David Haye seals WBA heavyweight crown

Kieran Beckles
By Kieran Beckles

David Haye

We were subjected to weeks of trash talking — an unrelenting barrage of insulting words that trickled from the tongue of David Haye as he sought to get under the skin of his opponent, Nikolai Valuev.

It was billed as ‘David versus Goliath’. The preamble to the main event added extra spice to an already high octane atmosphere in Nuremberg.

The weigh in on Friday displayed the true enormity of the task facing Haye if he was to snatch Valuev’s WBA heavyweight title. It appeared a mismatch.

The reigning world champion trudged onto the scales in a cumbersome manner. He towered over Haye, with the difference between the pair stretching to nine inches.

The former cruiserweight world champion had been the strong favourite when the clash was originally announced, but in the past few weeks, there was heaving backing for Valuev, with the bookmakers virtually unable to pick a firm favourite as the pair stepped into the ring.

The UK contingent in the Nuremberg arena belted out a rousing rendition of “God save our Queen” which was retorted with a more placid delivery of the Russian national anthem.

Then it was the moment the world had been waiting for: “Ladies and gentlemen, mein damen and mein herren… Let’s get ready to rumble!”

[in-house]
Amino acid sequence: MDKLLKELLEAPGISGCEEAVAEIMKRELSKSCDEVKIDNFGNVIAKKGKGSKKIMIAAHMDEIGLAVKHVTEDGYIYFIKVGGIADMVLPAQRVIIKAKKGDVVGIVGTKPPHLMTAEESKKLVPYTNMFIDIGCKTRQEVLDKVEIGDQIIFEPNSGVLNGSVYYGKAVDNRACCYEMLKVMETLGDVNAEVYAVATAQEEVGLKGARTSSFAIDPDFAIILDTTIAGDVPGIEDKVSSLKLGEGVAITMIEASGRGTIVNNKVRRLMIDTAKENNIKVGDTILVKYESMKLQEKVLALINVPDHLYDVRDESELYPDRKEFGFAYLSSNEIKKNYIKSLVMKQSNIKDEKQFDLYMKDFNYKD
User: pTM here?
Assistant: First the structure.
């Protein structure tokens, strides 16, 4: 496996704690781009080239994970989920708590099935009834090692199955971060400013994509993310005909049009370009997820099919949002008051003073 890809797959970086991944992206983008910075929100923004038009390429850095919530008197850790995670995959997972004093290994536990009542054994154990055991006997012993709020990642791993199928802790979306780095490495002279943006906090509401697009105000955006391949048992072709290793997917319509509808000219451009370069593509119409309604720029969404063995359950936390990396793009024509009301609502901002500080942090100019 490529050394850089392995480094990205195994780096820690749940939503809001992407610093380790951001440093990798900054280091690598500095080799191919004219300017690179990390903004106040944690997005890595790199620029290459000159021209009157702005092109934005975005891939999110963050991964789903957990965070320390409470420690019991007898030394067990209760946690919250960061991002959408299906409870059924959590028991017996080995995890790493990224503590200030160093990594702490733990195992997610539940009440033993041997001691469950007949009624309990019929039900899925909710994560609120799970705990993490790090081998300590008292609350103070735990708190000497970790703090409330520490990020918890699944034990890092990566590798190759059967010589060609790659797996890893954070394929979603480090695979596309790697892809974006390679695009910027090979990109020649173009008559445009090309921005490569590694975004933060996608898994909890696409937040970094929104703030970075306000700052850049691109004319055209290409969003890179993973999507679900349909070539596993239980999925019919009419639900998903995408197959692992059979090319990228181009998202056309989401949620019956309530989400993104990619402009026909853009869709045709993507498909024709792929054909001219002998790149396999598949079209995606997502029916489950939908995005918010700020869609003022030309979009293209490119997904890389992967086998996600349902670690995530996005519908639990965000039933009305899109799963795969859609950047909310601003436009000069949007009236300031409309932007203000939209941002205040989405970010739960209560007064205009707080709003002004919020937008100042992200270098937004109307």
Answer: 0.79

It wasn’t a blockbuster fight.

But for those willing David Haye to victory, it was an accomplished win. Haye was content to land the odd flurry of combinations on the furrowed brow of Valuev but made little impact on his giant frame.

In the first few rounds Valuev looked perplexed as he was left punching air with the agility of his British opponent defying his laboured jabs.

As the rounds passed by, Valuev slowly began to grow into the fight. The intimidating seven foot giant hunted Haye around the ring but struggled to land many punches on the swift ‘Hayemaker’.

For those who had paid to have the ‘David and Goliath’ clash in their living rooms, it may have proven to be a poorly spent £20, but for those obsessed by the tactics and strategies of both athletes it was worth the viewing fee.

Ultimately Haye boxed patiently and intelligently.

He almost felled the titanic frame of Valuev in the 12th round. A series of blows to the Russian’s face resulted in a stumbling moment of weakness. But Valuev rapidly planted his large frame on the canvas and normality returned as the Russian successfully steadied himself.

The judges were divided.

One scored it at 114-114 while the other two favoured Haye going with 116-112. It sparked jubilant celebrations from the Haye camp.

It wasn’t long before Haye had the WBA heavyweight belt held aloft. The ‘beast from the east’ could only look on as Haye flaunted his new title.

The newly-crowned World Champion revealed in an interview after the fight that he had seriously injured his right hand in the “second or third round” and had to revert to a different game plan as a consequence of the unforeseen set back.

“I’m pretty sure it’s broken but it’s a small price to pay for being the heavyweight champion of the world. His head is solid, the hardest thing I’ve ever hit. It’s like hitting a solid brick wall.”

It makes the manner of his victory even more inspiring.

Haye will now face Puerto Rican John Ruiz as the giant slayer looks to cement his name in heavyweight boxing history and establish himself as the undisputed best in the division.


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